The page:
We all love Italian food but do you much about the history of it? In order to fully appreciate Italian food, looking back in time to learn how it developed makes the whole experience more enjoyable. Please read below for more.
Italian cuisine developed through centuries of social and economic changes in Italy with roots stretching back to ancient times.
With the discovery of the New World and the introduction of new types of foods like potatoes, maize, tomatoes, and capsicums, significant changes occurred.
Italian cuisine was characterised by regional diversity, especially between the north and south sides of the Italian peninsula.
With its unique taste, it has influenced several other cuisines around the world especially that of the United States where it is most copied.
Known for its simplicity in preparation using only two to four ingredients, the quality of the ingredients are more important than elaborate preparation.
Whereas traditionally many dishes varied strictly by region, today they have proliferated and variations can be found throughout Italy.
Food culture was very important to the people of Rome as can be seen from a cookbook called Aspicius that dates back to the first century BC.
Although the country of Italy did not take shape until the 19th century, Italian cuisine can claim roots that are traceable as far back as the 4th century.
Throughout the centuries its development was influenced by neighbouring regions, high-profile chefs, foreign conquerors, and events like political upheaval and the discovery of the New World.
Italian food began to take shape after the fall of the Roman Empire when the country was split apart and people started to form their own individual cities, traditions, and variations in cooking techniques.
Regional cuisine was represented by major cities like Milan in northern Italy which became known for risottos, Bologna in Central Italy for tortellini, and Naples in the south for famous spaghettis.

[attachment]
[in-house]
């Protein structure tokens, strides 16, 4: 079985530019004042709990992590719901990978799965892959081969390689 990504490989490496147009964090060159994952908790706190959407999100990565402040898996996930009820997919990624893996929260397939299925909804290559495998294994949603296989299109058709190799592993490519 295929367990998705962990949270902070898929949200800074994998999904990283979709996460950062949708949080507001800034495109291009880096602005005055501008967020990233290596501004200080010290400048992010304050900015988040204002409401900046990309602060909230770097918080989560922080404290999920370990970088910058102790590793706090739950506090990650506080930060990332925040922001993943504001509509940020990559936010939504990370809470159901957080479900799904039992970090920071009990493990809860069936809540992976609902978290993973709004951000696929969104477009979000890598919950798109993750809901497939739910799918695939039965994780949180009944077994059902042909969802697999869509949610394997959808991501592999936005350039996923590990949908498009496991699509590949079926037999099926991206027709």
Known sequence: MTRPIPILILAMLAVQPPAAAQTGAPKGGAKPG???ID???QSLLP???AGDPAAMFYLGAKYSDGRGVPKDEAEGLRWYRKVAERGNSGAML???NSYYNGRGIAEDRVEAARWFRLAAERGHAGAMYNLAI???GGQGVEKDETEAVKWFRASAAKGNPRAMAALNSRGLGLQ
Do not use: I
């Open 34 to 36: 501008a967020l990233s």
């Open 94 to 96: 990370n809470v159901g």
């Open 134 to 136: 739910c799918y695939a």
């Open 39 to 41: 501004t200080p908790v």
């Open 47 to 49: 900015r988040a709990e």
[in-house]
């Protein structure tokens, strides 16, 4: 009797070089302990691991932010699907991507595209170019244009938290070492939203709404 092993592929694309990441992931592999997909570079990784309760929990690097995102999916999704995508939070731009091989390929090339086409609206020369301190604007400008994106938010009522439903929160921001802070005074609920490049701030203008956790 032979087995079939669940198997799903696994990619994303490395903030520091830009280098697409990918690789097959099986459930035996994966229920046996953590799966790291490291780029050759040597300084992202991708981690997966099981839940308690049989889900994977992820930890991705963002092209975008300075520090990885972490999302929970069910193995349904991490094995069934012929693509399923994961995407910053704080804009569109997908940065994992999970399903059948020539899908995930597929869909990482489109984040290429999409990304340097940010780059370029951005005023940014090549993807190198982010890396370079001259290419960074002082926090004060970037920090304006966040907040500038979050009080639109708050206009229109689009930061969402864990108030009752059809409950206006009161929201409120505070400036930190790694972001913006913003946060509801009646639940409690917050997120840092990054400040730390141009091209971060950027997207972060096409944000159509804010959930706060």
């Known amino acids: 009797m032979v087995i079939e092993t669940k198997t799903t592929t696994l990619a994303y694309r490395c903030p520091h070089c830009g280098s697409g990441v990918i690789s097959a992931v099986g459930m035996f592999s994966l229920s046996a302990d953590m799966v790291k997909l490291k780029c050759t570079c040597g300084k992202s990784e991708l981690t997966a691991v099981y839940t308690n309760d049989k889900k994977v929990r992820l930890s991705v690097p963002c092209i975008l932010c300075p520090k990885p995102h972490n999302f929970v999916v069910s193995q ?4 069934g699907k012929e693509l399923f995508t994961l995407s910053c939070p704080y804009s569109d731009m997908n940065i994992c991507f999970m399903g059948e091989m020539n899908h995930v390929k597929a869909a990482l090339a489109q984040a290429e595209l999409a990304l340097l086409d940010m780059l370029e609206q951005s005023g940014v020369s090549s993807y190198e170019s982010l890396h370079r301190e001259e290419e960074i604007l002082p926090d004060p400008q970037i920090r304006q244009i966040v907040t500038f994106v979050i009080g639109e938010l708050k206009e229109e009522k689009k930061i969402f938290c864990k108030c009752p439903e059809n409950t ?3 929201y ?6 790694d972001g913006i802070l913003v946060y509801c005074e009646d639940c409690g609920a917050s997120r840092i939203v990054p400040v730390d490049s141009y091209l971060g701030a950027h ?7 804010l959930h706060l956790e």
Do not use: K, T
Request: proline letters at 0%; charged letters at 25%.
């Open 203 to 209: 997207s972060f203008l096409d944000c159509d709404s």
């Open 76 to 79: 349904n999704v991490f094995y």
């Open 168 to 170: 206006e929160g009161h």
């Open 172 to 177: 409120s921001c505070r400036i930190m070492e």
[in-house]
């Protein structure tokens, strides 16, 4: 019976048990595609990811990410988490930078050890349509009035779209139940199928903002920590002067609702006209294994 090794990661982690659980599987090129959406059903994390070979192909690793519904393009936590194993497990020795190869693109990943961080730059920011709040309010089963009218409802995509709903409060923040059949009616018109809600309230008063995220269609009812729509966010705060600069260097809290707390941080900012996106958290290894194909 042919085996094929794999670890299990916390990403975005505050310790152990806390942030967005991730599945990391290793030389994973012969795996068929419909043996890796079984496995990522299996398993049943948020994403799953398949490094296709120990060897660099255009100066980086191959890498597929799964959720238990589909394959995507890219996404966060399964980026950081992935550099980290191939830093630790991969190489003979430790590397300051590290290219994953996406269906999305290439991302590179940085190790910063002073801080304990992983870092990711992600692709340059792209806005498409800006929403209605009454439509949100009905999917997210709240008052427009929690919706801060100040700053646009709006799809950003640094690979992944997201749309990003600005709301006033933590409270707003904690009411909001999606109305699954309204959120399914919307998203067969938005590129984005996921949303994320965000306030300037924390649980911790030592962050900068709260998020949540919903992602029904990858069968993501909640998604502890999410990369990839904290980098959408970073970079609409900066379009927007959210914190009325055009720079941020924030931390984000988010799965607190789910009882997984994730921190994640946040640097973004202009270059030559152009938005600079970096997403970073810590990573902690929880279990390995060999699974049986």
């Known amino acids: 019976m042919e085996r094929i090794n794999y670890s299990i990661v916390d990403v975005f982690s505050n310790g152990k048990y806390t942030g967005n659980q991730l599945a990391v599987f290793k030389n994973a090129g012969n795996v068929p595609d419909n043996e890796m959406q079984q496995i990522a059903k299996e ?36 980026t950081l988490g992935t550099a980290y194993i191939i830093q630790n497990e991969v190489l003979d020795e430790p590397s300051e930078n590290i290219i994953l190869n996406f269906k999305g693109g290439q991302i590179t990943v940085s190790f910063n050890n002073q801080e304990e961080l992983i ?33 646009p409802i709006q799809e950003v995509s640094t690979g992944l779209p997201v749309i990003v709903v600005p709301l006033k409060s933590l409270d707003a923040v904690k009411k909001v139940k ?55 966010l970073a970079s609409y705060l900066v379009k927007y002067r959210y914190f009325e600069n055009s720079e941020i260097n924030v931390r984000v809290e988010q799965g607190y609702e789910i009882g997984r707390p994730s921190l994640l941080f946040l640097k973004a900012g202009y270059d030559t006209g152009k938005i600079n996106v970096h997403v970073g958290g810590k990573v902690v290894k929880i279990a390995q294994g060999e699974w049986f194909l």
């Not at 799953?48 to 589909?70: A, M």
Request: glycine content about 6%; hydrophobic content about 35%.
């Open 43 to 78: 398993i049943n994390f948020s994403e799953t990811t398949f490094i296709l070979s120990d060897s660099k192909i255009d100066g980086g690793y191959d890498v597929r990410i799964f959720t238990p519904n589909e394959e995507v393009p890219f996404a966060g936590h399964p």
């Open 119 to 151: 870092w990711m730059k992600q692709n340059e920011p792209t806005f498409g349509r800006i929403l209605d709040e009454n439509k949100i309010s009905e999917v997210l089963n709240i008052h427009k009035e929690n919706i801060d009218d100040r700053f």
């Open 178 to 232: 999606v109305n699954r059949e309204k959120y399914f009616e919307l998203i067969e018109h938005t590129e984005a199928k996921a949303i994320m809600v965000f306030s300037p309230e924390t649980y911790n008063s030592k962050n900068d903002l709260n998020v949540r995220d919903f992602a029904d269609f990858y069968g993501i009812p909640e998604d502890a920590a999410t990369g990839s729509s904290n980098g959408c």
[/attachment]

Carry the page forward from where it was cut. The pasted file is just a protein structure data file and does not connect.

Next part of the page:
The United States is a true melting pot of cuisines introduced from countries all over the world.
During the late 19th century a significant number of immigrants from Italy arrived and dispersed across the United States; bringing with them their traditional culinary customs from different regions back home.
At one point in the early 20th century, going to an Italian restaurant was considered a special occasion for Americans.
Accustomed to American apple pie, Jewish babka, and German strudel up to then, they were suddenly able to visit an authentic Italian café where they could enjoy dark espresso coffee with a strip of lemon peel on the saucer and nibble on sugar-dusted, anise-flavored cookies with exotic names like ‘biscotti’, brutti ma buoni’, and ‘baci di dama’.
For dinner, they could indulge in fine Italian cooking that offered exquisite dishes like ricotta-stuffed cannelloni and antipasto consisting of layers of salami, ham, mortadella, olives, and cheeses like mozzarella and provolone.
Garden fresh salads and vegetables were kept simple but drizzled with carefully prepared dressings to enhance their natural flavour.
For dessert, they could indulge their senses with a traditional Cassata cake from Sicily. A Cassata is made from a sponge base that incorporates the rich flavours of liqueur, candied peel, ricotta cheese, and a creamy filling.
Innovative chefs the world over are reshaping the future of Italian cuisine while celebrating the past and honouring the silver-haired spectre of la nonna that still haunts the kitchens of Italy today.
You can, of course, still, find the traditional pizzas and conventional plates of pasta in most Italian restaurants.
However, if you are a foodie in any way, there are a few Italian restaurants where chefs are pushing the boundaries of Italian cuisine with delightful new dishes.
One excellent example is Casa Vecia in Veneto run by the brothers Nicola and Massimo Agostini where you can find unusual fare like a perfectly poached egg, topped with a julienne of veal tongue and lightly coated with truffled Marsala sauce.
Semolina gnocchi is about the only conventional pasta you will find on the small menu but you will find gems like a sugo of rabbit liver with dark, mellow truffles and a breaded veal loin with a radicchio and black olive reduction that boldly lays bitter on bitter.
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